Complicated Yet Beautiful. Hawker has a way of painting pictures with words that are utterly beautiful, and yet also utterly ugly at the same time. Ultimately, this book reads like a more evocative, more painting quality version of the somewhat similar story David Duchovny created in Truly Like Lightning, even as it seems that both authors were working on these works for quite a number of years. Particularly in their showing of the worse sides of Mormon life, complete with overbearing and hypocritical fathers, this reads almost like as much an attack on the Church of Jesus Christ of Latter Day Saints as the character study that it is. And yet, again, the way Hawker executes it here is utterly beautiful in its prose and storytelling. Hawker sucks you in, weaving these plot threads near and around each other before bringing them all together to grand effect. Ultimately the biggest quibble with this entire effort isn’t Hawker’s writing, but the actual description of the book – which leads one to believe certain aspects arguably happen sooner than they do. Indeed, Linda becoming “privy to a secret Aran and Tamsin share that could dismantle everything everyone holds dear” happens quite late (later than 80%, maybe even closer to the 90% mark), though again, the actual execution here is quite solid and indeed allows the book to end in surprising ways that were only very subtly hinted at much earlier. Even Aran and Lucy getting together to begin with seems to happen much later in the tale than the description seems to indicate, though that relationship *is* particularly well developed. Ultimately this is a book that Mormons likely won’t like, people with various misconceptions about Mormonism will probably tout, but one that tells a remarkable tale in the end. Recommended.
Real Life Disaster Movie Memoir. This is one of those memoirs from someone who was “on the ground” at an event that so very many of us have lived through and with, and thus someone whose experiences are at least worth exploring. That noted, Almand and her husband are both 70 ish yr old seniors with comorbidities (including Type 1 Diabetes in her husband) that make them more susceptible to COVID-19, and this does in fact inform much of her own thoughts on the issue. Still, as a memoir of a sort of Gilligan’s Island – where they went out expecting one thing and got something dramatically different that cast them into a survival situation – this is quite remarkable. From being at Mardi Gras 2020 to being at some of the last NBA games to be played outside the “bubbles” to piecing together where to go in light of confusing, conflicting, and scant data to the various experiences of coming to terms with the new life and reality, this is truly an interesting memoir. Recommended.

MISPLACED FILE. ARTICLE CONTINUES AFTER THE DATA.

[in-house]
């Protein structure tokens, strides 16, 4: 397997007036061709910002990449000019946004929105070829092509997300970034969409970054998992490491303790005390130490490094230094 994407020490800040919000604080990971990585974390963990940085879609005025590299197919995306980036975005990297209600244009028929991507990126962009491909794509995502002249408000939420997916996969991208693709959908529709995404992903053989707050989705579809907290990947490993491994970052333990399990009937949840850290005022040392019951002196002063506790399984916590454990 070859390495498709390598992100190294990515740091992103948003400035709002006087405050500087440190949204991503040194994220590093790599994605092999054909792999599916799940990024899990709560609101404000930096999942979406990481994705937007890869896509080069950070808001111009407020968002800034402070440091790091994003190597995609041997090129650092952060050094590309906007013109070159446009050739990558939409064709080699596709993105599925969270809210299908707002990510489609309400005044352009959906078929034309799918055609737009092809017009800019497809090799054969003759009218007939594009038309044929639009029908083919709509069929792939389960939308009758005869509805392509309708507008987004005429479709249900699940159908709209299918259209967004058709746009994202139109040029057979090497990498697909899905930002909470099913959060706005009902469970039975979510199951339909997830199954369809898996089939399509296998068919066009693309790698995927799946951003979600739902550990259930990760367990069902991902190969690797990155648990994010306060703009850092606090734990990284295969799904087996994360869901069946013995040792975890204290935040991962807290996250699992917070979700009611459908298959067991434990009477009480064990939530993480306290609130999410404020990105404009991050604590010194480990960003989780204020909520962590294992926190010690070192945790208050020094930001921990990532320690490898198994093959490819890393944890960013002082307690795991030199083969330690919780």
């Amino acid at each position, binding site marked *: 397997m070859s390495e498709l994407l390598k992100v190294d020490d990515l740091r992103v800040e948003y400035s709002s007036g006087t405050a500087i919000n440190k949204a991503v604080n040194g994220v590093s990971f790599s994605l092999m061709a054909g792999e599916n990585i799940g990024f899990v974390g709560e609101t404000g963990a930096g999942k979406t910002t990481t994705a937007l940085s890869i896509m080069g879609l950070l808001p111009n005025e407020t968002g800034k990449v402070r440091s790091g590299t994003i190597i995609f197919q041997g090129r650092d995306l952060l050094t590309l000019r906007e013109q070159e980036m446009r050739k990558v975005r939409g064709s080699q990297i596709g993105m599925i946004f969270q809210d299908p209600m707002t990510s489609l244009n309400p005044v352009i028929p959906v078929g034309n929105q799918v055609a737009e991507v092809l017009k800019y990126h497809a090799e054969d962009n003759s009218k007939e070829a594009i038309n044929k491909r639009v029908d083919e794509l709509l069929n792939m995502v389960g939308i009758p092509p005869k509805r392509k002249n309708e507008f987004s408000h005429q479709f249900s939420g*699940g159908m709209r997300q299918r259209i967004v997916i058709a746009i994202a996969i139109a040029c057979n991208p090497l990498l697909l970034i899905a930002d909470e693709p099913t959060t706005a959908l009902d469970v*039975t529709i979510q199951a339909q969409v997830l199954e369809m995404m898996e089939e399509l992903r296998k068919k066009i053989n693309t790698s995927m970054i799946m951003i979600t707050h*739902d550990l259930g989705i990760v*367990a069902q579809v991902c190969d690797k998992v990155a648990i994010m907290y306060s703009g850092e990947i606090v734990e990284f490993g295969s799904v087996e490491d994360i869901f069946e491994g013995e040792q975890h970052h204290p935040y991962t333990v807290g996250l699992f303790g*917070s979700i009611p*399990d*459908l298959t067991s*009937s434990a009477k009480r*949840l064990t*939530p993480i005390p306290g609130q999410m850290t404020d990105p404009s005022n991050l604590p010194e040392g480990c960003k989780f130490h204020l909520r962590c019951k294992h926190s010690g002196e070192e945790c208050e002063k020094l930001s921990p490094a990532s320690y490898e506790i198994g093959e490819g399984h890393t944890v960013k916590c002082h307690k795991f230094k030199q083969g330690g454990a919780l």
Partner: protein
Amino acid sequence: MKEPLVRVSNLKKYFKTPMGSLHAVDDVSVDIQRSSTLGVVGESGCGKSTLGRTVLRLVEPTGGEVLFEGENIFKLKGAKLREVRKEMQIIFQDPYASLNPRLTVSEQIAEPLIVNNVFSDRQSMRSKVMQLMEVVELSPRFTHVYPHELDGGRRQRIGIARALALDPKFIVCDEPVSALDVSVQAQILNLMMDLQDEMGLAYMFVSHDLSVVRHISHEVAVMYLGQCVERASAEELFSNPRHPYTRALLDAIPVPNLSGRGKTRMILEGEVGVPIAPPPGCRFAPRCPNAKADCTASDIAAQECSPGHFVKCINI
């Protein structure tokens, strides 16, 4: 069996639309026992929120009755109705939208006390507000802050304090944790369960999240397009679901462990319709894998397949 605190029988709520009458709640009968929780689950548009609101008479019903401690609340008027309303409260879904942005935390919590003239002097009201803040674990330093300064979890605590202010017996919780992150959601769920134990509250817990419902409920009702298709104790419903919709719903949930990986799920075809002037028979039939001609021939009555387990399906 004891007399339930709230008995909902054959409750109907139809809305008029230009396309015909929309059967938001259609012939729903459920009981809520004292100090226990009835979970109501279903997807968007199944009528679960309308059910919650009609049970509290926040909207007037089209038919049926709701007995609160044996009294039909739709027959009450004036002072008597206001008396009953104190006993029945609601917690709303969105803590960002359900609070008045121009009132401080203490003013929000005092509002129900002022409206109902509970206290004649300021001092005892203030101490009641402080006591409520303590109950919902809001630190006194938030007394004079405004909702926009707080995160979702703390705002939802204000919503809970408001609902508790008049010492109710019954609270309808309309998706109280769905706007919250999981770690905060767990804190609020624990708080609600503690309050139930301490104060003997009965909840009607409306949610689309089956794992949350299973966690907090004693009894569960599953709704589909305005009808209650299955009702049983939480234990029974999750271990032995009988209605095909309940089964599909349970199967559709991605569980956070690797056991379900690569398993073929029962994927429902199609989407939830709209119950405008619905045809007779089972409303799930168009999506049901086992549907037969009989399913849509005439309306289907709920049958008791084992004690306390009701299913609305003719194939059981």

First, here’s what I had to say about it on Goodreads:
Fun Tale. Unnecessary Element In Epilogue. This was a fun rom-com full of angst and banter and miscommunications. The book-within-a-book worked, even while I’m not really a fan of the Regency style historical romances. Indeed, until the epilogue itself this was truly a fun, witty, banter-filled tale filled with heart. Even the actual endgame itself (the last 15% ish of the book, IIRC) was interesting, even as it got away from the main storyline for quite a bit of it. (Unlike some other reviewers though, I totally get why and how it worked. It isn’t a *usual* storyline in romance novels, but I’ve seen it before – and even a few times in real life.) My only issue, and it is more of a quibble since it *is* just in the epilogue, is the completely unnecessary baby. It adds nothing, and only reinforces the “you’re not a real couple unless you procreate” bigotry. (Also, not an actual spoiler – romance novel. Couple by definition ends up together. :D) Still, on the whole this book really was fun and had some interesting twists to it. Very much recommended.
Below the jump, an excerpt provided by the publisher and then the book details and buy links. 🙂